> as well. That's going to be a lot of work (many #ifdefs) and will
      > probably introduce new bugs.

      It's not that much work. Windows has _wfopen and _wstat. Vim already
      has those abstracted (mch_fopen, mch_stat), so conversions would only
      happen in one place (and in a place that's intended to be platform-
      specific, mch_*). I believe the code I linked earlier did exactly this.

      The only thing needed is sane error recovery.

      > Yep, using conversions means failure is possible. And failure mostly
      > means the text is in a different encoding than expected. It would take
      > some time to figure out how to do this in a way that the user isn't
      > confused.

      Well, bear in mind the non-ACP case that already exists. If I create
      "foo ♡.txt", and try to edit it with Vim, it edits "foo ?.txt" (which
      it can't write, either, since "?" is an invalid character in Windows
      filenames). I'd suggest that editing a file with an invalid character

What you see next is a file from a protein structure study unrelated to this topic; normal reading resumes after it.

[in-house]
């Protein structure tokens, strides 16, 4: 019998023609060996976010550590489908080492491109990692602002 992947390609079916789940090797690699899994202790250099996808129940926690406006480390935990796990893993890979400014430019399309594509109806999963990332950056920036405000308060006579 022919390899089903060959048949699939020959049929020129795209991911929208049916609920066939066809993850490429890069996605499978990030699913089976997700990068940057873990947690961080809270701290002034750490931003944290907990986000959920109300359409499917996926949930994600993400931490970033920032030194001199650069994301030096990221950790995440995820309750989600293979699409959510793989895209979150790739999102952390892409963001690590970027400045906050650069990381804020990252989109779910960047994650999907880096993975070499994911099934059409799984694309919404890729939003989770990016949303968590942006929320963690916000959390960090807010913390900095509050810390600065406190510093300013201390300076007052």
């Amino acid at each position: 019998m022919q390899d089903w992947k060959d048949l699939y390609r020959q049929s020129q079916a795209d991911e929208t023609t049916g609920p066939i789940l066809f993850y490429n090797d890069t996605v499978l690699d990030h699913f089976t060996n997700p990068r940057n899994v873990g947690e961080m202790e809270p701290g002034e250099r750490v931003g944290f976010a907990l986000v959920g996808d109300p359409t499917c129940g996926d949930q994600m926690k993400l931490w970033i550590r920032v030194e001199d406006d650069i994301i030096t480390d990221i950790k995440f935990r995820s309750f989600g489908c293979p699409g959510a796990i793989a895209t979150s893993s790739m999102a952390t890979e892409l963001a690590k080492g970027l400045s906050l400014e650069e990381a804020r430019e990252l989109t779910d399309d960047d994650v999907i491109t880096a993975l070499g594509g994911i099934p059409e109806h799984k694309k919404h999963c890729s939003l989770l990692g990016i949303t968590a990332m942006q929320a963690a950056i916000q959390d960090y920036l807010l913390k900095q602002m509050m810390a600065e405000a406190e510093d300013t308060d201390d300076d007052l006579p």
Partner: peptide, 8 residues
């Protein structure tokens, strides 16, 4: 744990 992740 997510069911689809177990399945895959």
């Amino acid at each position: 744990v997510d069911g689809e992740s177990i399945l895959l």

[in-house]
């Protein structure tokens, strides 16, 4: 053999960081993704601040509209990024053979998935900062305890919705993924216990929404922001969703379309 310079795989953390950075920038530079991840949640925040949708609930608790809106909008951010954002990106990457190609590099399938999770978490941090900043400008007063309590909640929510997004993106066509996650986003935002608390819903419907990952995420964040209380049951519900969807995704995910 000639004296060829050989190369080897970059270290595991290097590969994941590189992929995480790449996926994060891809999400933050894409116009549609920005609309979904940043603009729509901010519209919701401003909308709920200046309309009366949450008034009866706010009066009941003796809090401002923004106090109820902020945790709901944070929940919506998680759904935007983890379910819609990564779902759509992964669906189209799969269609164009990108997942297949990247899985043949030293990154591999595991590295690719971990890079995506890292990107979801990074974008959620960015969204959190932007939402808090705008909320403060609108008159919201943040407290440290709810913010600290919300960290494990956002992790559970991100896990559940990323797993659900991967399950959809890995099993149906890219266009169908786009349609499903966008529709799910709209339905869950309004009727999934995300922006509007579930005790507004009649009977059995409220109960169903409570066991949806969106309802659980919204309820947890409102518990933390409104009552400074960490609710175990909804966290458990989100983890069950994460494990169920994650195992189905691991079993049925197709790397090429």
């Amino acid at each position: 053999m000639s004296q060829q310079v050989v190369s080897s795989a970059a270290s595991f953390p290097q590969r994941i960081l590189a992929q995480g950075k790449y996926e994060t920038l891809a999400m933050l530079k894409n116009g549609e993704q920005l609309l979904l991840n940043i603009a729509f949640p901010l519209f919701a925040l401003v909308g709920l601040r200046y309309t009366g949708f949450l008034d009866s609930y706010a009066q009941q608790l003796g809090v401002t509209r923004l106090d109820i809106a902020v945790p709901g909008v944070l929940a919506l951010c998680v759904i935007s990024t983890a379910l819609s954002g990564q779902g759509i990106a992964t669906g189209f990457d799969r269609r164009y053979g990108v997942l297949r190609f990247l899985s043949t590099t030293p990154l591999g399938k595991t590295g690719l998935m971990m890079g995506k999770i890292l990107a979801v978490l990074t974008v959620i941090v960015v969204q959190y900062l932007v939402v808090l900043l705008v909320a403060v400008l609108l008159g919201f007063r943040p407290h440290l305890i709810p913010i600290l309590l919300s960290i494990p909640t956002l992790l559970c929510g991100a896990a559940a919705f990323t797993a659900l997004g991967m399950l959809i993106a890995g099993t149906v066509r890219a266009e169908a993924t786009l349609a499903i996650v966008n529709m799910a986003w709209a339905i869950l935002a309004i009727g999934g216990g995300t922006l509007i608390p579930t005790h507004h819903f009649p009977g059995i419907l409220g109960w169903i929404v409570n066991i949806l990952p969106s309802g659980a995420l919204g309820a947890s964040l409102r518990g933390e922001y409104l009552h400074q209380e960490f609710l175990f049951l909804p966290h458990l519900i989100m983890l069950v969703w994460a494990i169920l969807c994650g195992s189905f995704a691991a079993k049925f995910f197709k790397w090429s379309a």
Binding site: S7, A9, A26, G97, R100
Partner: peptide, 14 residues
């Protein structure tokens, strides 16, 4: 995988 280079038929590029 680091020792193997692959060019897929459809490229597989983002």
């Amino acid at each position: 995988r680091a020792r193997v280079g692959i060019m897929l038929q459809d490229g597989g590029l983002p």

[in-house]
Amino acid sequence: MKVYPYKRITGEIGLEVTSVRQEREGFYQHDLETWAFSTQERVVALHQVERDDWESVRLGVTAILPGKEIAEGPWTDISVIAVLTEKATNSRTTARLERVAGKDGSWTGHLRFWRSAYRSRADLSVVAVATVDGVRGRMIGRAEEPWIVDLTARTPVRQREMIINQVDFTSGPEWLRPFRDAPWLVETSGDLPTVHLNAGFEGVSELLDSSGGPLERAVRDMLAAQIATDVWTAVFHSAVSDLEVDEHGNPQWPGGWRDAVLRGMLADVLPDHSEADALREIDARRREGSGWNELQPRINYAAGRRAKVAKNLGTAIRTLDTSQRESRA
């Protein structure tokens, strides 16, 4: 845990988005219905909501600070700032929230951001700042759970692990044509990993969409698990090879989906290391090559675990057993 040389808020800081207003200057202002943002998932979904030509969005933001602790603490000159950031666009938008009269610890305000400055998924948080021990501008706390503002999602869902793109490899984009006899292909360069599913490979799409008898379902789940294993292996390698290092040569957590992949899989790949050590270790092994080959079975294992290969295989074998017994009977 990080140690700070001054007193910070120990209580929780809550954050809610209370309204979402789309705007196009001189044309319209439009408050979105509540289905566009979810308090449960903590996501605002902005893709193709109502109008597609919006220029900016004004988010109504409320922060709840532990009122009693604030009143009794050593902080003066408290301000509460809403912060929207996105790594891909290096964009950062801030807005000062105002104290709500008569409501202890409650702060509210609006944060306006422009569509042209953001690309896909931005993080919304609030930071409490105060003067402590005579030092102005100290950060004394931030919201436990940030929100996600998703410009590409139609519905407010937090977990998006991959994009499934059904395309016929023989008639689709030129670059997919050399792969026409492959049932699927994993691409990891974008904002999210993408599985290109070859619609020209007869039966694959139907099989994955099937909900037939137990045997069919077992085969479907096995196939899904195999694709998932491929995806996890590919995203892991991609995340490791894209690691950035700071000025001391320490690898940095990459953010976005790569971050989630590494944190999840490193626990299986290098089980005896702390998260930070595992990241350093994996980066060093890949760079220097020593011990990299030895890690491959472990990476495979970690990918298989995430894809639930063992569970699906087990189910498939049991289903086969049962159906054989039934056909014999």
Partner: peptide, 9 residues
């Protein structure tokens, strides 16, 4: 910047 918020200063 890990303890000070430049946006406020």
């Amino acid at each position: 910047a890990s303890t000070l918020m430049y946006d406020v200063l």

(eg. invalid SJIS sequence) behave identically to editing a file with
      a valid character that can't be referenced (eg. "foo ♡.txt").

      --
      Glenn Maynard
    • Camillo Särs
      ... Agreed. There s no way around that. ... Sounds very promising. It would be really great if it turns out that the changes are fairly minor. That way
      Message 2 of 29 , Oct 14, 2003
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        Glenn Maynard wrote:
        > If "encoding" is not the ACP codepage, then the main problem is that the
        > user can enter characters that Vim simply can't put into a filename
        > (and in 9x, that the system can't, either).
        >
        > I'd just do a conversion, and if the conversion fails, warn appropriately.

        Agreed. There's no way around that.

        > It's not that much work. Windows has _wfopen and _wstat. Vim already
        > has those abstracted (mch_fopen, mch_stat), so conversions would only
        > happen in one place (and in a place that's intended to be platform-